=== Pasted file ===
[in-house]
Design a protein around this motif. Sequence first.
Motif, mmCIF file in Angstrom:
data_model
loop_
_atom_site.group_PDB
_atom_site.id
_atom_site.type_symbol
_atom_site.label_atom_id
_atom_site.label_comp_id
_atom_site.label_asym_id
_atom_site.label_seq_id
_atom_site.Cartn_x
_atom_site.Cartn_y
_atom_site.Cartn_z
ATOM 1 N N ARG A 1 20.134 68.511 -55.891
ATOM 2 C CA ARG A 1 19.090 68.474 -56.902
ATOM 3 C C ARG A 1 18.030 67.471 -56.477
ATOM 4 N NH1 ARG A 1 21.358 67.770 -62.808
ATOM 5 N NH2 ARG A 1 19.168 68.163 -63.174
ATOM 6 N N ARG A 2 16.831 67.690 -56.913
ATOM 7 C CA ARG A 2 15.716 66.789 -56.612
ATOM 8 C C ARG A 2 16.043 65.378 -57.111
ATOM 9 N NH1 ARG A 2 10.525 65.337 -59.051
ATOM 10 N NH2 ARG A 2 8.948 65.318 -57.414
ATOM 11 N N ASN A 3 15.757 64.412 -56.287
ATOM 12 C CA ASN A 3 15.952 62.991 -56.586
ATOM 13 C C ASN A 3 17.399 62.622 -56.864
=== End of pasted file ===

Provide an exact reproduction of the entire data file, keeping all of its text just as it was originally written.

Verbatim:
[in-house]
Design a protein around this motif. Sequence first.
Motif, mmCIF file in Angstrom:
data_model
loop_
_atom_site.group_PDB
_atom_site.id
_atom_site.type_symbol
_atom_site.label_atom_id
_atom_site.label_comp_id
_atom_site.label_asym_id
_atom_site.label_seq_id
_atom_site.Cartn_x
_atom_site.Cartn_y
_atom_site.Cartn_z
ATOM 1 N N ARG A 1 20.134 68.511 -55.891
ATOM 2 C CA ARG A 1 19.090 68.474 -56.902
ATOM 3 C C ARG A 1 18.030 67.471 -56.477
ATOM 4 N NH1 ARG A 1 21.358 67.770 -62.808
ATOM 5 N NH2 ARG A 1 19.168 68.163 -63.174
ATOM 6 N N ARG A 2 16.831 67.690 -56.913
ATOM 7 C CA ARG A 2 15.716 66.789 -56.612
ATOM 8 C C ARG A 2 16.043 65.378 -57.111
ATOM 9 N NH1 ARG A 2 10.525 65.337 -59.051
ATOM 10 N NH2 ARG A 2 8.948 65.318 -57.414
ATOM 11 N N ASN A 3 15.757 64.412 -56.287
ATOM 12 C CA ASN A 3 15.952 62.991 -56.586
ATOM 13 C C ASN A 3 17.399 62.622 -56.864